Elisabeth Elliot’s husband, Jim, and two missionary friends were killed in 1956 in Ecuador, as she and her friends waited for the men to return to their base camp from a brief mission trip. After she learned of their deaths, she returned to their hut at the jungle mission station and was faced with the need to make decisions. Among these, she needed to figure out whether to continue her husband’s mission work in Ecuador by herself and she needed to figure 1 old child. She has described her feelings of numbness and bewilderment as to what to do and how her first act was to draw upon the truth she knew beyond doubt– that she could and did trust the living God of heaven. As she did so, she said she remembered an old poem called “Do the Next Thing”—one of profound simplicity —and she proceeded to respond. She looked around her hut to see what needed to be done and she washed dishes and clothes.

Then she decided to help two men her husband had been mentoring so that they would be equipped to run the church in the jungle that her husband had been leading. From there, she saw the need and helped translate passages from the Bible into the language of the Quechan’s. The diesel engine that operated the generator needed to be run so she learned how to do that. 

The airstrip where mission planes landed needed to be cleaned of the constantly growing plants so she recruited help and they did the work of chopping and clearing. Since those times, she has wisely counseled others who have been overwhelmed by the challenges of all the things that need to be done — trust God, look around and “Do the Next Thing”. I’d like to think that that is what we at Detroit Rescue Mission Ministries, a jewel of the City, have been doing for the last 103 years. 

As President of the Ministries, it is rare that I tell a new acquaintance about what we do and not hear in response, “I had no idea Detroit Rescue Mission did all that! I thought you were a soup kitchen and shelter!” Providing a soup kitchen and shelter is, in fact, something we have provided consistently over the years. But believe me, this is not where our work stops.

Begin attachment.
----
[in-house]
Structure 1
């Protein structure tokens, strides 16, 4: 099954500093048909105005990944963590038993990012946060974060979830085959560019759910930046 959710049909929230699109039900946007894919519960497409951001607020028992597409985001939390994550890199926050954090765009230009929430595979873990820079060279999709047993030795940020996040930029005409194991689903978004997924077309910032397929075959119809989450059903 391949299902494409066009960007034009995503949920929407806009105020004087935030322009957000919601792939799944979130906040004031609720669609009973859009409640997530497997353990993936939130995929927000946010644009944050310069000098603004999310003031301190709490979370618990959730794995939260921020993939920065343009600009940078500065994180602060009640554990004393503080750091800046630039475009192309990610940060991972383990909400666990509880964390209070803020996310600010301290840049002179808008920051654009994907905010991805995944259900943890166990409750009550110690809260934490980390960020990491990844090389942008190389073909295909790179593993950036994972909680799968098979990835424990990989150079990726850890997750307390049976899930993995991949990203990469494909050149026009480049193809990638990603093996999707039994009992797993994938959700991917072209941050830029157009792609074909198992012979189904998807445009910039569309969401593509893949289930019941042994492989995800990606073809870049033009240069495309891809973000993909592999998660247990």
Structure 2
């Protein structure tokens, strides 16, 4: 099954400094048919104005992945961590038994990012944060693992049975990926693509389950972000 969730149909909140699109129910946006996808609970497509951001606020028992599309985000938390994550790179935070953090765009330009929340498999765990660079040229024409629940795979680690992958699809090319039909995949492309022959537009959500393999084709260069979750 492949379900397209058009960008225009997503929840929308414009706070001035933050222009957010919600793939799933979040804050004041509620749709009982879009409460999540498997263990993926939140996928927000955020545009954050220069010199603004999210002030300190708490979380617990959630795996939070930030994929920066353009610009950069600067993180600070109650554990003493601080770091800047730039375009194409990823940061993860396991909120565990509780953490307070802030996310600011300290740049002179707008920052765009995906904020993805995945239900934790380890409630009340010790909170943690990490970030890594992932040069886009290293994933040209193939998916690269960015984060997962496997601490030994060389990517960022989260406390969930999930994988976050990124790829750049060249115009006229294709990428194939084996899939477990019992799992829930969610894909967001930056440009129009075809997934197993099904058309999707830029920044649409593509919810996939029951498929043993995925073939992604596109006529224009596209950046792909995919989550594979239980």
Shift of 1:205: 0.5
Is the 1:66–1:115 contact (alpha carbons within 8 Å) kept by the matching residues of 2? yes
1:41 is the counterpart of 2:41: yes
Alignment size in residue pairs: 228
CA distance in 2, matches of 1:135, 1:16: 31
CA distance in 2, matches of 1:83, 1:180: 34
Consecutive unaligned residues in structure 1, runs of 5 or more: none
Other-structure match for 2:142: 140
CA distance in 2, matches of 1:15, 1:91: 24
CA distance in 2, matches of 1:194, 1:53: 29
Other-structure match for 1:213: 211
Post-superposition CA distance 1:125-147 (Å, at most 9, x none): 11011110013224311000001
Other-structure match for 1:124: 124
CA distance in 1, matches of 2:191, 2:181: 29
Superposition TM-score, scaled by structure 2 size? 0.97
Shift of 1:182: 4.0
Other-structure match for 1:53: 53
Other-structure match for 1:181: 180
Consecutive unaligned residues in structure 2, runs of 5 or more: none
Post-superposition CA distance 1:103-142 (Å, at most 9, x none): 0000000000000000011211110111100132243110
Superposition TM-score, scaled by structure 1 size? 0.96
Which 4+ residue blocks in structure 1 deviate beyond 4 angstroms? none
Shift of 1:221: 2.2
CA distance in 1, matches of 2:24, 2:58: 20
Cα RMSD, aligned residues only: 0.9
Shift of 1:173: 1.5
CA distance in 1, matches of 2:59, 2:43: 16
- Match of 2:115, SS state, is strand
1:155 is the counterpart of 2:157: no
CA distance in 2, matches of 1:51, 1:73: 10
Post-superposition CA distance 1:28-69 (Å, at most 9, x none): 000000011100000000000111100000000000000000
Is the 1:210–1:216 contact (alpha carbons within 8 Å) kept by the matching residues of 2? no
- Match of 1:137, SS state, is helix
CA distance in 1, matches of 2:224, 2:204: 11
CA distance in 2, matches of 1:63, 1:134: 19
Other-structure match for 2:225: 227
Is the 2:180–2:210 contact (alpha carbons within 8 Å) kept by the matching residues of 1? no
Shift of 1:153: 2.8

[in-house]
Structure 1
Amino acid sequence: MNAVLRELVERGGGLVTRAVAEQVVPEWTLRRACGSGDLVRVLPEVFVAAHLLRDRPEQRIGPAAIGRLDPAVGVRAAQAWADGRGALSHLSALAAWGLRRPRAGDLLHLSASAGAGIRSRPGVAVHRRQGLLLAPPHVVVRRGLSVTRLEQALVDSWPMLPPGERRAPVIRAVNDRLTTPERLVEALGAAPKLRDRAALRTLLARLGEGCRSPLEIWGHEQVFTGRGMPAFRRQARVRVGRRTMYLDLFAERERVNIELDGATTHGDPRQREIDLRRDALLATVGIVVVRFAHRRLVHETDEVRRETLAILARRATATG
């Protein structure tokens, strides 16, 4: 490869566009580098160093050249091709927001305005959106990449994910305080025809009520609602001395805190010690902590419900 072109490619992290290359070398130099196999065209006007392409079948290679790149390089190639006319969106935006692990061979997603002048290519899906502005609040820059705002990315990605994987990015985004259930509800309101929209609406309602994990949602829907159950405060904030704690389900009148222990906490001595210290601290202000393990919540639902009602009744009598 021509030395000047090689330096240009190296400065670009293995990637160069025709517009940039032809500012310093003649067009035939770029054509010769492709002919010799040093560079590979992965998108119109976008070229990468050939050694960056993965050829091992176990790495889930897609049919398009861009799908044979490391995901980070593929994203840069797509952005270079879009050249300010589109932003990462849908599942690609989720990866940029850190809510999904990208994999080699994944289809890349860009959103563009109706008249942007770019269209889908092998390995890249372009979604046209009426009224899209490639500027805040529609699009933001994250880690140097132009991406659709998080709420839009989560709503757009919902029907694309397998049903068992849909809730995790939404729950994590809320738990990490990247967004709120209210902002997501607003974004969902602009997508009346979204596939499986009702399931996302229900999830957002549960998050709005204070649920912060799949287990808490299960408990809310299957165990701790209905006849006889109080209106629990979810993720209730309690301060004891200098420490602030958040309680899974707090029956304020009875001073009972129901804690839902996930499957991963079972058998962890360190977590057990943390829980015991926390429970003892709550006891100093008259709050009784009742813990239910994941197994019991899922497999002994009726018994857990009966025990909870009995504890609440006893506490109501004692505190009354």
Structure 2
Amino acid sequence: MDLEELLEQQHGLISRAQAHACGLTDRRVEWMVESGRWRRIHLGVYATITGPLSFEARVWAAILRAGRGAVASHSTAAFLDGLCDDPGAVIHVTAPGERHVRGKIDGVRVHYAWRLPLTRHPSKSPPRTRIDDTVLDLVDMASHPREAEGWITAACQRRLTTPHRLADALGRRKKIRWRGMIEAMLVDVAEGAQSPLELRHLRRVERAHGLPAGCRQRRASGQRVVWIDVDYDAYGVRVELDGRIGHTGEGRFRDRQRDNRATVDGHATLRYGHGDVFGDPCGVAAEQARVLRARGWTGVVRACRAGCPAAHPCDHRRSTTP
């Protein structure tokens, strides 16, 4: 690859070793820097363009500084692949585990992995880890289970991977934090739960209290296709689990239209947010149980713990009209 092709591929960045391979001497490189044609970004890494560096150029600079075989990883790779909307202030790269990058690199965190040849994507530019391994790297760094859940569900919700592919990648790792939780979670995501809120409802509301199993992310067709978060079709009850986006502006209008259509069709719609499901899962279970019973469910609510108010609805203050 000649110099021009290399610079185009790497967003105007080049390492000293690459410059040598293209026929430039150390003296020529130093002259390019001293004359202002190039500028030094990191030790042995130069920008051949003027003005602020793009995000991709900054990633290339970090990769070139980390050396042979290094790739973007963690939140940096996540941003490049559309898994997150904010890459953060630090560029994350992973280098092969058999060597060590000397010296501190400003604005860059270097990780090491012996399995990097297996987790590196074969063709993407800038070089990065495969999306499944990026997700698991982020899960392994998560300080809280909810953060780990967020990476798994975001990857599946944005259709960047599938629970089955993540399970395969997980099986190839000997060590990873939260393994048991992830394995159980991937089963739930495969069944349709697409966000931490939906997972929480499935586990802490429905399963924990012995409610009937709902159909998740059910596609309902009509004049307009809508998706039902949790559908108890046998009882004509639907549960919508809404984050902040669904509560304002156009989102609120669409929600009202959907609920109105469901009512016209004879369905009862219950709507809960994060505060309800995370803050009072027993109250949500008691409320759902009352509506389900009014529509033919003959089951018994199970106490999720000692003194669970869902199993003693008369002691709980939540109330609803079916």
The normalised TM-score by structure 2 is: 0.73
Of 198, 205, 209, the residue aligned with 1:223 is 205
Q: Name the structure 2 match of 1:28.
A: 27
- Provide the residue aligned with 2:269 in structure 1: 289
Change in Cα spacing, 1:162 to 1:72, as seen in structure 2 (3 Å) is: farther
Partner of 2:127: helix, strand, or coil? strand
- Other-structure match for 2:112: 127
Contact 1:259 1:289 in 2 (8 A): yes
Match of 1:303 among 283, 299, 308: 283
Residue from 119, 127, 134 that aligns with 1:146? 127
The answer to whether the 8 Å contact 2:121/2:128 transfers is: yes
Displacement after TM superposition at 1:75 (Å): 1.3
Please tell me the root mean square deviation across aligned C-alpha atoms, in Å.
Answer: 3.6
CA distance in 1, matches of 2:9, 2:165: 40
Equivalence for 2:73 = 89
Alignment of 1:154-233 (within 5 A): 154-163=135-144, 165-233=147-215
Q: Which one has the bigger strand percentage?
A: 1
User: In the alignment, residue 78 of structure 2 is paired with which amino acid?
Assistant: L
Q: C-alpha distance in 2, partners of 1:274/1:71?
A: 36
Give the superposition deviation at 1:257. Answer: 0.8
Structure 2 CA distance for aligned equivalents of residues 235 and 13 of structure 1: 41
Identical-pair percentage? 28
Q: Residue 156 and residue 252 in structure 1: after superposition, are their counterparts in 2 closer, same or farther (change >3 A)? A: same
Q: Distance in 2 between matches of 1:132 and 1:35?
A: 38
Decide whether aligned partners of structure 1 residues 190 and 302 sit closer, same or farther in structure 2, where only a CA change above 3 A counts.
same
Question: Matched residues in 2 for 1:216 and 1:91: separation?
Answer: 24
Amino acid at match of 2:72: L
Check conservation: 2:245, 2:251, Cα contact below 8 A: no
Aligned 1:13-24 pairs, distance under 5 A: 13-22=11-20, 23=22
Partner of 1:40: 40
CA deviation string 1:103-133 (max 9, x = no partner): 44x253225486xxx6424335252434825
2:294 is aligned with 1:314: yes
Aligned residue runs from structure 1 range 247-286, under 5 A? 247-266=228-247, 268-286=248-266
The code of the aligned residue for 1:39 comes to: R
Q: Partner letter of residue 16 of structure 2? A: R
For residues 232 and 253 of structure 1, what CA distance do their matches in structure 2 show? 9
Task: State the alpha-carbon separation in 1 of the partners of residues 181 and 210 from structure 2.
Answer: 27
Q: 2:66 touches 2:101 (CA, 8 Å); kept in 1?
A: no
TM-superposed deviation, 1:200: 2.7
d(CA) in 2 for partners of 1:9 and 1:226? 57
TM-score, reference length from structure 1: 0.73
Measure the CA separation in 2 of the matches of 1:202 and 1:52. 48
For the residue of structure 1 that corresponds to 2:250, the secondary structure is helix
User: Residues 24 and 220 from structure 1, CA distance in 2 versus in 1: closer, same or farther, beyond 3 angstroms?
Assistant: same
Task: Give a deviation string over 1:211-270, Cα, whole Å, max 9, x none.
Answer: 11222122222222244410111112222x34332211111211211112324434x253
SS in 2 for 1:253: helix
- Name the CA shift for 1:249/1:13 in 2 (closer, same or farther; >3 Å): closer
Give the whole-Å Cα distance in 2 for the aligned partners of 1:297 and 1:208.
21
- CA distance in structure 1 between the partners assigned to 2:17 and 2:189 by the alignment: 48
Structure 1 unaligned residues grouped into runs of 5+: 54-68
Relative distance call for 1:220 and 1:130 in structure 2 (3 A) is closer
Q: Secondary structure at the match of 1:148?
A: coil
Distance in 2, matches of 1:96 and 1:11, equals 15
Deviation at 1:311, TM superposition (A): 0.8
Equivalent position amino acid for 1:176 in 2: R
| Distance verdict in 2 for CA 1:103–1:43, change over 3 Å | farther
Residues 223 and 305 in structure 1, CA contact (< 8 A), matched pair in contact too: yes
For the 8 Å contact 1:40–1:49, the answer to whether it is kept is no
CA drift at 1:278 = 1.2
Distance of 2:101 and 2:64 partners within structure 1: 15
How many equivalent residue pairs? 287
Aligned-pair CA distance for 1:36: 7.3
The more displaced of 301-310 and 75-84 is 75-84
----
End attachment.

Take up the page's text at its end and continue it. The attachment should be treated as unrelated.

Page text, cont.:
A Christian ministry, we focus on meeting the mental, spiritual, AND physical needs of the people who come to us. It is no surprise that people come to us for help to meet their physical, pressing, emergency needs. However, with God’s help, we’ve been able to help them address their mental and spiritual needs too. Detroit Rescue Mission Ministries is one of the largest 20 inpatient treatment programs in the United States, according to the U.S. News and World Report. 

We also are the largest non-profit, non-government providers of Supportive Housing Programs for the Homeless in the United States. We have collaborations with a lot of this community’s top organizations to help us meet the growing needs of the people in our community. These include shelter, inpatient and outpatient substance abuse treatment and detoxification, medical clinic services, and transitional and permanent housing for the homeless – from cradle to grave, for men, women, children and senior citizens – as well as programs for youth and education and job training programs for adults.